Friday, October 19, 2012

National Heroes: Carbon Cocky Award 2012 Finalists Profiled

Meet the National Carbon Cocky Award Finalists

The National Carbon Cocky Award is judged each year during Carbon Farming Week. It was inaugurated in 2007 as a way to acknowledge pioneering Carbon Farmers and put a spotlight on new techniques for avoiding or absorbing Greenhouse Gas emissions. Finalists are thought-leaders of Carbon Farming. When the world’s leaders cannot agree, the people must lead. In their everyday working life Carbon Farmers point the way forward. They are our hope for the future. Winners will be announced at the Gala Awards Dinner, Dubbo RSL Club, 23rd October, 2012.

Piggery Poo Pioneers Project Approved

National Carbon Cocky Award Finalist
Michael & Edwina Beveridge
“Blantyre Farms”, Young NSW

•  Michael & Edwina Beveridge of Blantyre Farms near Young recently installed a methane digestion system at both piggery sites. They are the first people in the Australian pig industry to complete a commercial digestion system.
•  Their application for the right to earn carbon credits under the Carbon Farming Initiative was approved yesterday.
• Normally methane is released into the atmospheres from the anaerobic decomposition of pig manure in settling ponds. A methane digestion system captures this gas produced under a pond cover and burns the methane. The methane gas when burnt is converted to carbon dioxide. Methane has a Global Warming Potential of 21 versus carbon dioxide at 1; ultimately methane is 20 times worse than carbon dioxide.
• The Beverages have a 2000 sow piggery .  At any point there are about 20-25,000 pigs on hand. There are two separate piggery sites, a breeder and a grower site.
• To set up this system a new dam was constructed at each site, they hold 50 days worth of effluent. This dam at the grower site, holds 15ML, is over 100m in length, 40m wide & 5m deep. The breeder site dam is about a third the size.
• The dam has been covered with 2mm LDPE covers. There is a flare on each pond, this is back up for the generators and will burn the methane, if the generators stop. The gas runs from the pond through a scrubber, which cleans the gas of impurities & then a chiller which removes condensation, it is then piped to the generator.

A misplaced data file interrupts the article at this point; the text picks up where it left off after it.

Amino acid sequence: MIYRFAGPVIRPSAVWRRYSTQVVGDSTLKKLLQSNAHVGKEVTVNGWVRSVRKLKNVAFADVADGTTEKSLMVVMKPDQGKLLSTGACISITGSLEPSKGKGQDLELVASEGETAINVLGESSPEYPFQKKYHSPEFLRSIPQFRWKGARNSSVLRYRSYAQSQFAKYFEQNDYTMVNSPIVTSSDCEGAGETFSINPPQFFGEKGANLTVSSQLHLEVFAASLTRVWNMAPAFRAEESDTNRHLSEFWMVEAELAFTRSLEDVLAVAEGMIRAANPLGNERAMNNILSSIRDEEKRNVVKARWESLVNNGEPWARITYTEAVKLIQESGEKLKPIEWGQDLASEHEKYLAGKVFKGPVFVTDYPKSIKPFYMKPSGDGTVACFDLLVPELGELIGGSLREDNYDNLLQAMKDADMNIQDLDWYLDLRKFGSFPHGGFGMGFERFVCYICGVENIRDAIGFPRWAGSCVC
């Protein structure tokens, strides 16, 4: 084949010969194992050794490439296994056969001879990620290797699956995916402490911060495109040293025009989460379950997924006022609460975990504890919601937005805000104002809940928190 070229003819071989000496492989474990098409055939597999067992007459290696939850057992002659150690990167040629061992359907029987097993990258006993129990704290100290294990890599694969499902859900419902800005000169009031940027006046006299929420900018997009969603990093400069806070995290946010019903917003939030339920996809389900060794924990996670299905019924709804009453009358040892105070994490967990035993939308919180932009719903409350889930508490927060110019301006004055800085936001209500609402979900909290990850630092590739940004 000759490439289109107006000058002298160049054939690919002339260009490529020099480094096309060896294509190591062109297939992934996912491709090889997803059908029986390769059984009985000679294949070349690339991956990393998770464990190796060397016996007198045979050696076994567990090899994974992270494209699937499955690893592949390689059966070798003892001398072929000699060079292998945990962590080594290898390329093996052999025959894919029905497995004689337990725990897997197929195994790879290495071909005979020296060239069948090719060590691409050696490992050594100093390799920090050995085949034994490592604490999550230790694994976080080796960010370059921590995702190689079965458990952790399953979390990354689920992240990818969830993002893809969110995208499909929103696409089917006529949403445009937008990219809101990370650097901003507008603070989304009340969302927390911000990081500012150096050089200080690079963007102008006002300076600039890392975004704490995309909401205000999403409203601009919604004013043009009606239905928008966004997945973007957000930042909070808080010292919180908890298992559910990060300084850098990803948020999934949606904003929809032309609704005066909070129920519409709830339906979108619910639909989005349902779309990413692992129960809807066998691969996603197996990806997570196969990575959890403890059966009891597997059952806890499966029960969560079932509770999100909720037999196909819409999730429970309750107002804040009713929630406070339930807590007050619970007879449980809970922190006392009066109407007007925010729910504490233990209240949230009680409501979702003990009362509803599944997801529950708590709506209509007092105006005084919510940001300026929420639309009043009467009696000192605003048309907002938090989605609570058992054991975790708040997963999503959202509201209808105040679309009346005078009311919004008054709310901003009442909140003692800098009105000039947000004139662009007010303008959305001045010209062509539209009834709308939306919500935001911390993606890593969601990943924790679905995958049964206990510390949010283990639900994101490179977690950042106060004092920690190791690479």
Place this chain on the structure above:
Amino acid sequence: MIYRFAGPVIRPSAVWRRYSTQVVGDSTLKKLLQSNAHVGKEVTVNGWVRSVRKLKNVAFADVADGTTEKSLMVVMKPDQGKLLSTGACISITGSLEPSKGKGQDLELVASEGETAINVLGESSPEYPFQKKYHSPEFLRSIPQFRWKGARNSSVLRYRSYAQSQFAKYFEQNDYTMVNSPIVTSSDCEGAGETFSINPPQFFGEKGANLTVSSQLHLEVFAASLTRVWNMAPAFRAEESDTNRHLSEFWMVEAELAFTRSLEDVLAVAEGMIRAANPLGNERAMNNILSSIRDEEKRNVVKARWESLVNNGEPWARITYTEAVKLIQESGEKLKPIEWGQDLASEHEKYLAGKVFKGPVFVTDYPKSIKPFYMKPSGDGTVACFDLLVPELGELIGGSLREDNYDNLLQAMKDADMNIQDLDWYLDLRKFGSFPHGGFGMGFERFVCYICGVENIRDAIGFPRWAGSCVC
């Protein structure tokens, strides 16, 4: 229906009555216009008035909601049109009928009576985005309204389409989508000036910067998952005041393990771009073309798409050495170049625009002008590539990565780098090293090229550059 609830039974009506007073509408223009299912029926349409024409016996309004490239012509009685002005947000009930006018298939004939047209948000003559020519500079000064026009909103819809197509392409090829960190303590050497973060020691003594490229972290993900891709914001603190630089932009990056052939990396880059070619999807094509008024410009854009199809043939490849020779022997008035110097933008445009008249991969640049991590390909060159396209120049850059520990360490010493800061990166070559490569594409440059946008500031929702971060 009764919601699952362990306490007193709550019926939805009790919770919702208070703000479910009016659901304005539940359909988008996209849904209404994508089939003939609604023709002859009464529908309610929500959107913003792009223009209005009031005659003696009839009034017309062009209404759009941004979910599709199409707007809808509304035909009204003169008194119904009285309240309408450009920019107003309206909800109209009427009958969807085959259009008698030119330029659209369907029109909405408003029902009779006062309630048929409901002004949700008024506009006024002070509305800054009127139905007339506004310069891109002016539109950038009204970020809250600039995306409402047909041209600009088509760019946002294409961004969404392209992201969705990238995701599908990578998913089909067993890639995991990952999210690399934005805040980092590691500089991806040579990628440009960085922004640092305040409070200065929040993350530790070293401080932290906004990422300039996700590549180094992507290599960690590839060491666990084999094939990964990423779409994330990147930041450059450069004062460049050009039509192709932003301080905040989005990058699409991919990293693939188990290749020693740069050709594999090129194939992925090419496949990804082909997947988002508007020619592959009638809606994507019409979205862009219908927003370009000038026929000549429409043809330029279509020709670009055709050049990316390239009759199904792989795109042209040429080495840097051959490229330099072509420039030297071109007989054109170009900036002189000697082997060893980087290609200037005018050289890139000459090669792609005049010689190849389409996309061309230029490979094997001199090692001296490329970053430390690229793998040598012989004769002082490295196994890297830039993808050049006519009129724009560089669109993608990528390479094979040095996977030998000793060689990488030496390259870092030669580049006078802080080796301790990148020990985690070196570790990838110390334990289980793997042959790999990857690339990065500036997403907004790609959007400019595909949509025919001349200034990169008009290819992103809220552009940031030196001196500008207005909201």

• The generators. are containerized, to reduce noise and allow easy transportation. There are 2 units at the grower site & 1 at the breeder site. In summer all three will operate, in winter it is anticipated that there will only be enough gas to run 1 at each site. This also provides a spare, which we can move from site to site if required.
• The methane gas is a fuel source for a converted diesel engine, which is coupled to a generator. Blantyre has 3 x 80KW generators.
• Both separate digestion systems are connected with a pipe that runs for 3.8km & goes under a main road. This allows flexibility & will keep the gas up to the breeder site which uses the most power, but makes less gas.
• Blantyre expects the project will have between a two and three year pay back period. The greatest saving has been in producing power for their own use, as electricity charges are about 20c/kW. There is a smaller benefit in selling power to the grid, where Blantyre receives about 3.5c/kW.
• Australian Pork Limited, the industry body has been proactive with the Carbon Farming Initiative and has registered a methodology “for the destruction of methane generated from manure in piggeries”. This methodology has been approved.

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